13.04.2017 - 13.04.2017 20 °C
Jealousy is a word I loathe. The way it spits from the tongue, the way it implies we are all entitled to the same things. Instead of recognising peacefulness, success or bravery - it's envied as if it is something easy to achieve. YET, as they kick-start their dirt bikes, with the rain beating down on their helmets, I sit back in my hammock and sigh: "I wish I were that brave and riding off into the distance." "Don't worry" he says, "Our time will come in Australia."
The truth is, we have been riding into the unknown together for a while now. Almost eight years actually. Our journey has been truly amazing, full of adventure and together we have been growing stronger, wiser and more thankful for all the people and places in our lives. But, with that said, I'm growing more fearful that it could all be taken from us whenever the 'supreme being' decides. I choose my risks wisely (riding a motorbike currently not being one of them), as if I have some control over our fateful path. But I shouldn't be scared of dying so I will face my fear in Australia and learn to ride!
A bit about me
For now we have three weeks left in Laos, and India seems so long ago. I woke up to the sound of the rain beating down on our tin roof. He pulls me closer and I pull the duvet closer still - the first time it's been cool enough to hug in weeks. Two year-old Jimmy, our host-family's son, is crying outside so we decide to try and console him and keep the peace.
I pour my coffee (yes I now drink coffee), sit back in my plastic chair and have butterflies in my tummy. I'm feeling euphoric. My heart feels electrified by all of my senses and I notice and savour everything I feel, think and see - the banana tree leaves dripping with rain, the clatter of pots and pans in the kitchen and the other guests chitter chattering away. I'm so overcome with happiness that I can feel the pressure valve linking my heart to my mind filling up, until my tear ducts might flood open. But as quickly as the feeling comes on, it goes away.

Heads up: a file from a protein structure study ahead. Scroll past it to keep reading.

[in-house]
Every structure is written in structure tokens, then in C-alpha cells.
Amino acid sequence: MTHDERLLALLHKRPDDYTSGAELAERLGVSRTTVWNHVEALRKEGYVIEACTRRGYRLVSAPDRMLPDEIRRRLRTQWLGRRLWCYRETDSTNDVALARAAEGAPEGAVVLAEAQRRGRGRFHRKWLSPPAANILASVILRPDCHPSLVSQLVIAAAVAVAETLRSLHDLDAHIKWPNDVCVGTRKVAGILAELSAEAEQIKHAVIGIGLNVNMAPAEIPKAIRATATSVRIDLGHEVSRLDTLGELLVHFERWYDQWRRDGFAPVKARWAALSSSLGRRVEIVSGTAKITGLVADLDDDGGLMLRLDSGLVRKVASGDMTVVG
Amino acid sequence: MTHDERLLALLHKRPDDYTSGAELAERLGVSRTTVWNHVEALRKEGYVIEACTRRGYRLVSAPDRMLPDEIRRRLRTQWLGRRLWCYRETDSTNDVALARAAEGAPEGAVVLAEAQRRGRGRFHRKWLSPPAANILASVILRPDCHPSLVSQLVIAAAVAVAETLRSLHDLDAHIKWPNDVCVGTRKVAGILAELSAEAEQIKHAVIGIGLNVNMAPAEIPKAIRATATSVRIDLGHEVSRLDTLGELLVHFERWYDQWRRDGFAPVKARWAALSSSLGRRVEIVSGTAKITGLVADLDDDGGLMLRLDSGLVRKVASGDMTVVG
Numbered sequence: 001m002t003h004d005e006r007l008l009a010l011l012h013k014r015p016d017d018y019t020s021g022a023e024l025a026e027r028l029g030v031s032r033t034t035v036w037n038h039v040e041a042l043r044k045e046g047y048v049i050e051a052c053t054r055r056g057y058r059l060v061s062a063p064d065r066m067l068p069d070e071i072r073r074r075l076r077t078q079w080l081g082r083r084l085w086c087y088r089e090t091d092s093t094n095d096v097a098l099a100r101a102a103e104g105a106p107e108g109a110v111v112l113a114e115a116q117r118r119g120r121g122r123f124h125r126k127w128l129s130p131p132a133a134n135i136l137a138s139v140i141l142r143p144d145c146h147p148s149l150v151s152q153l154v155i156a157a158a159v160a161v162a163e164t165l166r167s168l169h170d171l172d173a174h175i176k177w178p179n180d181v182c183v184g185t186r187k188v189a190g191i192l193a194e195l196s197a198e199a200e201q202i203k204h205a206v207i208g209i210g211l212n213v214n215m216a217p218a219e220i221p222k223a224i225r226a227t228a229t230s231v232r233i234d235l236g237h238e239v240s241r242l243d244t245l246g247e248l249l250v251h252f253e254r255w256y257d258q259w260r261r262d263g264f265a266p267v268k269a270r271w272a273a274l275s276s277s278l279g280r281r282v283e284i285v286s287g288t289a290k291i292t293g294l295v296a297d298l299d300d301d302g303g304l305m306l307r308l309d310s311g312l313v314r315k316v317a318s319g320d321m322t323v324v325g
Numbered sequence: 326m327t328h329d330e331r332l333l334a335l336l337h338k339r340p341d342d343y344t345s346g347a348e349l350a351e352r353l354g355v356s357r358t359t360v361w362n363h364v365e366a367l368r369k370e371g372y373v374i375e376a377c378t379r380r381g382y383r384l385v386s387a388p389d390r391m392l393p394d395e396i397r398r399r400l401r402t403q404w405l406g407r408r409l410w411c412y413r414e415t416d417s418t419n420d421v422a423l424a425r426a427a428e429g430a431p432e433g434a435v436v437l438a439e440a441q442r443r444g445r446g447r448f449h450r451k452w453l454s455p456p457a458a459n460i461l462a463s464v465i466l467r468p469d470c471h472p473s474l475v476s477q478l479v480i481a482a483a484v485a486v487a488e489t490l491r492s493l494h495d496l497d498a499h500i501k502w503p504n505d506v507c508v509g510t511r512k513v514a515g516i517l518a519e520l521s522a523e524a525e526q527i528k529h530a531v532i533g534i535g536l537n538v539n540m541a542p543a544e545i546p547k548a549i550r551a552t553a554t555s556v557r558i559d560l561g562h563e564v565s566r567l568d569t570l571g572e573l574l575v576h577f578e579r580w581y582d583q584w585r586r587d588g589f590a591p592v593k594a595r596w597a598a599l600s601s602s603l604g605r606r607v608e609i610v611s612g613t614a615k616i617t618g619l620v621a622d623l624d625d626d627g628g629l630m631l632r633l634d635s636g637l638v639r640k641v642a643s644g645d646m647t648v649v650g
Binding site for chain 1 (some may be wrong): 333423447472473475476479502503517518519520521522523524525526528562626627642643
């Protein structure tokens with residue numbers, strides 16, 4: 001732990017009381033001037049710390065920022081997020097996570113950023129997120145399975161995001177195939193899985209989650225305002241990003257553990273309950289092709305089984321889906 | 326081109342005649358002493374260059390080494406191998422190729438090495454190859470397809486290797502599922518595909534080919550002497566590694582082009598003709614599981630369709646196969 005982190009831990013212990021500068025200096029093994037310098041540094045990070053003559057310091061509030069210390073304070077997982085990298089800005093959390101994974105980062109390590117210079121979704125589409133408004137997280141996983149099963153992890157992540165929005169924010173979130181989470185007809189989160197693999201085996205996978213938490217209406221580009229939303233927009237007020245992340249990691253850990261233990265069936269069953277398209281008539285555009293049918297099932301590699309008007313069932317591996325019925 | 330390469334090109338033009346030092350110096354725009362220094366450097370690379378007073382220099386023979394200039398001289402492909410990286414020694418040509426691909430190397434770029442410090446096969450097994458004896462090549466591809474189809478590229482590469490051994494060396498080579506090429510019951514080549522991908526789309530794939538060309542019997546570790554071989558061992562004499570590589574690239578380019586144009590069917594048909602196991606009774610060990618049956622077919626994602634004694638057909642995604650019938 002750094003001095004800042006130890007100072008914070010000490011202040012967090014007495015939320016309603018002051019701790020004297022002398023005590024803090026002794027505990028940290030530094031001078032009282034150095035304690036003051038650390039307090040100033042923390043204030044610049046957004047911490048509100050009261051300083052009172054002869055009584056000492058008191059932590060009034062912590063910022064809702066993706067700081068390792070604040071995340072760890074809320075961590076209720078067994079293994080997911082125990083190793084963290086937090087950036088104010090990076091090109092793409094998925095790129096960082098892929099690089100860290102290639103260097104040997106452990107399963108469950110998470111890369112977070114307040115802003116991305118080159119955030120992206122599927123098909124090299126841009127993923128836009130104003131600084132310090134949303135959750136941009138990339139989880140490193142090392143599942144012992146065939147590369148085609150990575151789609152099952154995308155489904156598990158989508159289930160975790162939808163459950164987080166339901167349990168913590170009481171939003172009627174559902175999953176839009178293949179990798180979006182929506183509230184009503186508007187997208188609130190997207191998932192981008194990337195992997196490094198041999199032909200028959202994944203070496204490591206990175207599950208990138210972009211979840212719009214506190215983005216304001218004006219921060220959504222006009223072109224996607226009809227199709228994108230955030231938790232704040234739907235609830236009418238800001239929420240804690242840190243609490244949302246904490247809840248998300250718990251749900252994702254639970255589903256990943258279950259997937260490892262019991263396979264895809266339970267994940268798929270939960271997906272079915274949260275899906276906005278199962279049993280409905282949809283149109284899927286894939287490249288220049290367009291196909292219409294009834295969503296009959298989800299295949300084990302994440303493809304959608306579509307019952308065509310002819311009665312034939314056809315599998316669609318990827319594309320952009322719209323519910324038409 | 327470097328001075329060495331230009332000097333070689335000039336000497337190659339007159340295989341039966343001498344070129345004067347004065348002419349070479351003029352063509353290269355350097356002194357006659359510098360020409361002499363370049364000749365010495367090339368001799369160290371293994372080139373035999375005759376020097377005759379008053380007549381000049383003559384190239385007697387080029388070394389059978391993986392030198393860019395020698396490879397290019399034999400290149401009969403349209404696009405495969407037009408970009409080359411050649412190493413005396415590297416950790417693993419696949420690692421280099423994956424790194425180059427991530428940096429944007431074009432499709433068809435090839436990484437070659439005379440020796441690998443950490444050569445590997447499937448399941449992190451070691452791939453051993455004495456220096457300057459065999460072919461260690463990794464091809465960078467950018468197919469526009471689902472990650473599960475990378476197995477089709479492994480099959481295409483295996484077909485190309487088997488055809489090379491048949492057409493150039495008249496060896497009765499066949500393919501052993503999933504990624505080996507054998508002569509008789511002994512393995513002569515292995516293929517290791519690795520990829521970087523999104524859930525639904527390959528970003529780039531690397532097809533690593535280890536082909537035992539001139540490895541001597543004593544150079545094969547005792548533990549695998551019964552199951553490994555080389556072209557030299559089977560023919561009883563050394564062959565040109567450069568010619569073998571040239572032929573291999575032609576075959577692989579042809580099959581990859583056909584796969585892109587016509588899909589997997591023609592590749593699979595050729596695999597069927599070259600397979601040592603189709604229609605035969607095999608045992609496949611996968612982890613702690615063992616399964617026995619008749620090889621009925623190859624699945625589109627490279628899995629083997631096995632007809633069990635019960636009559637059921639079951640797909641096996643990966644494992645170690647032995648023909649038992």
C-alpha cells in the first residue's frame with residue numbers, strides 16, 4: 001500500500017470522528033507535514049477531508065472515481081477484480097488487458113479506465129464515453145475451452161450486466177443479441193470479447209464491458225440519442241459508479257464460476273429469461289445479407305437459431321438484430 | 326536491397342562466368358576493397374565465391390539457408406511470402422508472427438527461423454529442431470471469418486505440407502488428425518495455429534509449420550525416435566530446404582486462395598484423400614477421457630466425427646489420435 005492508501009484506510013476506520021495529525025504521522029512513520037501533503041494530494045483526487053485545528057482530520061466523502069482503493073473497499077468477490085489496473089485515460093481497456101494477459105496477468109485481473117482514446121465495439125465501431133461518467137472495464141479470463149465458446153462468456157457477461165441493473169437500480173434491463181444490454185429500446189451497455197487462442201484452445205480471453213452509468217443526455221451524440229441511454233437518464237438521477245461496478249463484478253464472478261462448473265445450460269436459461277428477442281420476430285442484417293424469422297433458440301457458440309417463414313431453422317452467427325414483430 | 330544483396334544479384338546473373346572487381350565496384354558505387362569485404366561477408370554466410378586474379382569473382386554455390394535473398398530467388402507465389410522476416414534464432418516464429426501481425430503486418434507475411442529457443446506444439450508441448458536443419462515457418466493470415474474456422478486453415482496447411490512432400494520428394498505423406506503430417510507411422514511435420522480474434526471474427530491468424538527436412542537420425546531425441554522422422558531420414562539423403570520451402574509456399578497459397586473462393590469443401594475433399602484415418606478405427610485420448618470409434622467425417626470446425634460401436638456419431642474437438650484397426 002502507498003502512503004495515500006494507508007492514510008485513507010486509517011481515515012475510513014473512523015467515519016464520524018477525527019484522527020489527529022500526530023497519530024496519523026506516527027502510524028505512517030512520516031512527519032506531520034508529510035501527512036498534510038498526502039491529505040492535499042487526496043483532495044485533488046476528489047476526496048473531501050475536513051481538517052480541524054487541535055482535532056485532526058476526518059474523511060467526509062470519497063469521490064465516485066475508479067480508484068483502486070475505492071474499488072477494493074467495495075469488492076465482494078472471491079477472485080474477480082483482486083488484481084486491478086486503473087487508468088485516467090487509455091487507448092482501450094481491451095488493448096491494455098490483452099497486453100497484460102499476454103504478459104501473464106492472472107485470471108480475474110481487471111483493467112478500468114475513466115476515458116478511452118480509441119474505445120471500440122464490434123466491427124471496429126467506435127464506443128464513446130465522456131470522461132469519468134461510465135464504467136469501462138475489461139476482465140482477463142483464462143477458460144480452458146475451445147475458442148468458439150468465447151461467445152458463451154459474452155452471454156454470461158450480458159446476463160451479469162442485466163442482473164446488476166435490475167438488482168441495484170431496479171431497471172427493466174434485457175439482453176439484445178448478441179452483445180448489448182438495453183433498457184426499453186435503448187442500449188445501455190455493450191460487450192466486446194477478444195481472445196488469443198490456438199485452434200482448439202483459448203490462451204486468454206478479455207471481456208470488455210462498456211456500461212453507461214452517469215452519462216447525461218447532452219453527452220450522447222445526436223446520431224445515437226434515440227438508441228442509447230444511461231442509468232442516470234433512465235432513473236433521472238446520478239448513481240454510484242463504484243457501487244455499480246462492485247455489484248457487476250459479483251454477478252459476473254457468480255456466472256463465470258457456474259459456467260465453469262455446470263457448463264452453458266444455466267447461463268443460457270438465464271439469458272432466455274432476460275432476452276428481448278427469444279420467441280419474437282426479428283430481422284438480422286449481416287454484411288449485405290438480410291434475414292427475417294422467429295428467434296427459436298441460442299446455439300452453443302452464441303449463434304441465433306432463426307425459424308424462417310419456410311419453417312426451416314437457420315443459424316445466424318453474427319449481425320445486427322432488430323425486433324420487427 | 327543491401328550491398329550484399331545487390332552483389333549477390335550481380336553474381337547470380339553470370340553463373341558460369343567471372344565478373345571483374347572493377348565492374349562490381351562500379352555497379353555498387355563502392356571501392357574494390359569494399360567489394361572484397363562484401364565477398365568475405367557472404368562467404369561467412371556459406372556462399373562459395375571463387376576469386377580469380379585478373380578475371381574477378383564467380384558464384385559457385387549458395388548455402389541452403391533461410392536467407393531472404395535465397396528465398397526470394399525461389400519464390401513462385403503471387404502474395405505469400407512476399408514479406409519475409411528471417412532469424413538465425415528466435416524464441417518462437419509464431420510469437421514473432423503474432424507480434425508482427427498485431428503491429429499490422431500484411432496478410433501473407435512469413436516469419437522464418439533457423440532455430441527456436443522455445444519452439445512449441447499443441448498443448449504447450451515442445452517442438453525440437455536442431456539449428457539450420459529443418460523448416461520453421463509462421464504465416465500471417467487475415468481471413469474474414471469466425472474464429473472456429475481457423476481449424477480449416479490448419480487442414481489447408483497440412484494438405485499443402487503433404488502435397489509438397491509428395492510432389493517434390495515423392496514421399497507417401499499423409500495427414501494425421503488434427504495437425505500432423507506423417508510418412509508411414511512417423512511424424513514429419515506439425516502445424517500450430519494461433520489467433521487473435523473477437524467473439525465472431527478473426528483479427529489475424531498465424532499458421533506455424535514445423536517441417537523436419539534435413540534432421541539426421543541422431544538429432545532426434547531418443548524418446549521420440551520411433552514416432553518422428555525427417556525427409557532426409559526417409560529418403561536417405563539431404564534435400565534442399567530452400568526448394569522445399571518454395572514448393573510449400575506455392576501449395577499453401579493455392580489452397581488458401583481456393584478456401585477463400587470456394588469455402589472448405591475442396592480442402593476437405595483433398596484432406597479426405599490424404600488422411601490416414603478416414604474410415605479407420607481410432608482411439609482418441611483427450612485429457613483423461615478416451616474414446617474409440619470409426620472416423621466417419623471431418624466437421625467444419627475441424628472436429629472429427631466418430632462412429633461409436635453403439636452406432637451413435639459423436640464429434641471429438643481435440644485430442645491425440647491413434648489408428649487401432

I often experience these feelings, sometimes several times a day which can leave me feeling exhausted. Often it's the look from his eyes which stare right through to my soul, he knows me so well and I feel grateful that I owe him no explanations.
Sometimes it happens when I'm with family or friends. I fill up with so much overwhelming love and energy that I have no idea where to channel it. So I let it run free, connecting with theirs too if they let me, or otherwise making them feel dizzy. There is no way to really explain how I feel when I'm in that moment, I'm unsure if they feel it too. Not everyone wears their heart on their sleeves, but perhaps they feel it too inside.
River valleys are gorges!
After eating breakfast, a butchered fried egg on bread, I move over to the hammock. Sitting cross-legged I stare out across the murky Mekong River, less holy than the Ganges but just as impressive in character. She's opened her banks to the pouring rain and everything surrounding her lolls in the breeze, exhaling in relief from the stifling sunshine.